To describe a case and review literature for intracerebral hemorrhage caused by migraine.
Beth Israel Deaconess Medical Center, Harvard Medical School, Boston, Massachusetts.
A 54-year-old truck driver with a 2-year history of atypical headaches.
A 54-year-old right-handed truck driver was seen in consultation with a 2-year history of atypical headaches. The headaches were dull, throbbing, gradually progressive, and limited over the left occipital area. They were accompanied by right visual field deficit, diplopia, and, at times, confusion. These headaches were notably different from the usual migraine headaches he had been having for more than 20 years. Brain imaging revealed left parieto-occipital lobar hemorrhage. Further investigations ruled out arteriovenous malformations. He did not have any vascular risk factors, including hypertension. Migraine-associated intracerebral hemorrhage was considered to be the most likely diagnosis.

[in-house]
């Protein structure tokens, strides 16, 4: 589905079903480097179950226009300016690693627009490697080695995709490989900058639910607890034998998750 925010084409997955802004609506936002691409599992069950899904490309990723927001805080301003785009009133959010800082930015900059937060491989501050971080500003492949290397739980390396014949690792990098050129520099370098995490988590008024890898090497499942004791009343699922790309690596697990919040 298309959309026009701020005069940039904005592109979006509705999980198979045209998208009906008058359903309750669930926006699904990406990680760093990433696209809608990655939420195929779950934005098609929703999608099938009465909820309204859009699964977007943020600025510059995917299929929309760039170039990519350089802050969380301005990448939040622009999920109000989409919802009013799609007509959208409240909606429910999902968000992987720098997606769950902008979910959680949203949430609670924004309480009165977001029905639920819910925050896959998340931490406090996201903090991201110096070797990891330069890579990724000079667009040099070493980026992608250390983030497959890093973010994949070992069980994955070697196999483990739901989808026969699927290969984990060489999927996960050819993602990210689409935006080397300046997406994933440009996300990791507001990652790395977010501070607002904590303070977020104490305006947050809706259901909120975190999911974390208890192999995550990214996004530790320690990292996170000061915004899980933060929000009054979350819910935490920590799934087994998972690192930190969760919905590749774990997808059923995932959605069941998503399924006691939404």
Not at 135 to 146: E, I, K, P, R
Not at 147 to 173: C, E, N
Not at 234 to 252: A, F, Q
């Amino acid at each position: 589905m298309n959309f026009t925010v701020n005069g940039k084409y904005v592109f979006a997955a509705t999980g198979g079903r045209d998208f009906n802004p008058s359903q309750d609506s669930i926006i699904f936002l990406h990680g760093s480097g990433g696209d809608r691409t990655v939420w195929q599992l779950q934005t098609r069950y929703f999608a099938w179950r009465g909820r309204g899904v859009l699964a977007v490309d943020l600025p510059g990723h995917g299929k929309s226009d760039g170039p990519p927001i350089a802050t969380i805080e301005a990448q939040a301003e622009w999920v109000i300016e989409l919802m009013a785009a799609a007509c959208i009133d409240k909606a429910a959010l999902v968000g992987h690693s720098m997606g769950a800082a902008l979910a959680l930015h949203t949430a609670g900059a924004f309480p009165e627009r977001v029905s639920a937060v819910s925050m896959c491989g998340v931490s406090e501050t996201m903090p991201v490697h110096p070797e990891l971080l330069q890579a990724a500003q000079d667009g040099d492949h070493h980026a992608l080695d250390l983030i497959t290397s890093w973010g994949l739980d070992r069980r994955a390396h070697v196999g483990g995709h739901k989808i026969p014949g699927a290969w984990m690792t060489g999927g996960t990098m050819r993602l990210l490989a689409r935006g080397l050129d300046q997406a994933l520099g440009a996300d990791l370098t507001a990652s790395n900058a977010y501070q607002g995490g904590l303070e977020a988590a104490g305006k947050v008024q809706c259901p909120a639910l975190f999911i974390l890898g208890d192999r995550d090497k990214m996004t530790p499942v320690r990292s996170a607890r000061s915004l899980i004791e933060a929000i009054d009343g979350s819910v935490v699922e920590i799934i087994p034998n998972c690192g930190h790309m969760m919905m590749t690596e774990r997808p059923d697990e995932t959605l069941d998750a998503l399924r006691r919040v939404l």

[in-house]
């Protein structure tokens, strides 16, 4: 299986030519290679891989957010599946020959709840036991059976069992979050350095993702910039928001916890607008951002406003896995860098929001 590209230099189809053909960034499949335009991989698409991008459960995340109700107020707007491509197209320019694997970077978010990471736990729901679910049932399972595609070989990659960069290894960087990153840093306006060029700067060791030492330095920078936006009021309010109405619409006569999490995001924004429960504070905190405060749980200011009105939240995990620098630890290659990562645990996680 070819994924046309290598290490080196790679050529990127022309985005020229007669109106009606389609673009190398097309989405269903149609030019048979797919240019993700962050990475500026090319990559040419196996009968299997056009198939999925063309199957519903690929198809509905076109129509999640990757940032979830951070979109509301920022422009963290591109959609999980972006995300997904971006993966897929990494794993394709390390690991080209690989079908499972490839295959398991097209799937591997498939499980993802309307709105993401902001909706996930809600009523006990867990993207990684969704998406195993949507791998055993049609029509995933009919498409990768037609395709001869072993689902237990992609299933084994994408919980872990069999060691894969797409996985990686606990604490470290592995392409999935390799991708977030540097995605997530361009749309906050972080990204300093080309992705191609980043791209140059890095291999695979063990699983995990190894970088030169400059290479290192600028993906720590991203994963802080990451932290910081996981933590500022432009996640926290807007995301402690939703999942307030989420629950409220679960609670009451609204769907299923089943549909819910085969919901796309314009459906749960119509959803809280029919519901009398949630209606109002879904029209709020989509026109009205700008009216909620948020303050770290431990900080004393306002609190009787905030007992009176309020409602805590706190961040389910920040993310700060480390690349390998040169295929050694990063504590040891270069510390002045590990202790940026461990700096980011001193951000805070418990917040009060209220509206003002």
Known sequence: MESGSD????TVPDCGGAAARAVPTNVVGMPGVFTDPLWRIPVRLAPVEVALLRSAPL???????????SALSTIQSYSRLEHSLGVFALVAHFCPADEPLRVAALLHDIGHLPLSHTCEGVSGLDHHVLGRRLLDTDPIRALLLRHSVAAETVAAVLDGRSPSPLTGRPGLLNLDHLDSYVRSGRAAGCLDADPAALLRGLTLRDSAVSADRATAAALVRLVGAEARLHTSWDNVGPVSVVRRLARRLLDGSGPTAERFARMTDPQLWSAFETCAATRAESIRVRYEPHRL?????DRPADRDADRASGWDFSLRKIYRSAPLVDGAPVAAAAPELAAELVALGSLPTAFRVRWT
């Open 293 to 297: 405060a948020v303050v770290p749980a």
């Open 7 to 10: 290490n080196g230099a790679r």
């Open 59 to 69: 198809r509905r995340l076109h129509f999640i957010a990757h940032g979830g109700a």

Intracerebral hemorrhage associated with migraine is believed to result from vasoconstriction leading to ischemia of the walls of blood vessels, making them leaky and porous. It is important to be aware of this phenomenon because vasoactive medications used to treat migraine can further aggravate the vasoconstriction and hence the intracerebral bleed.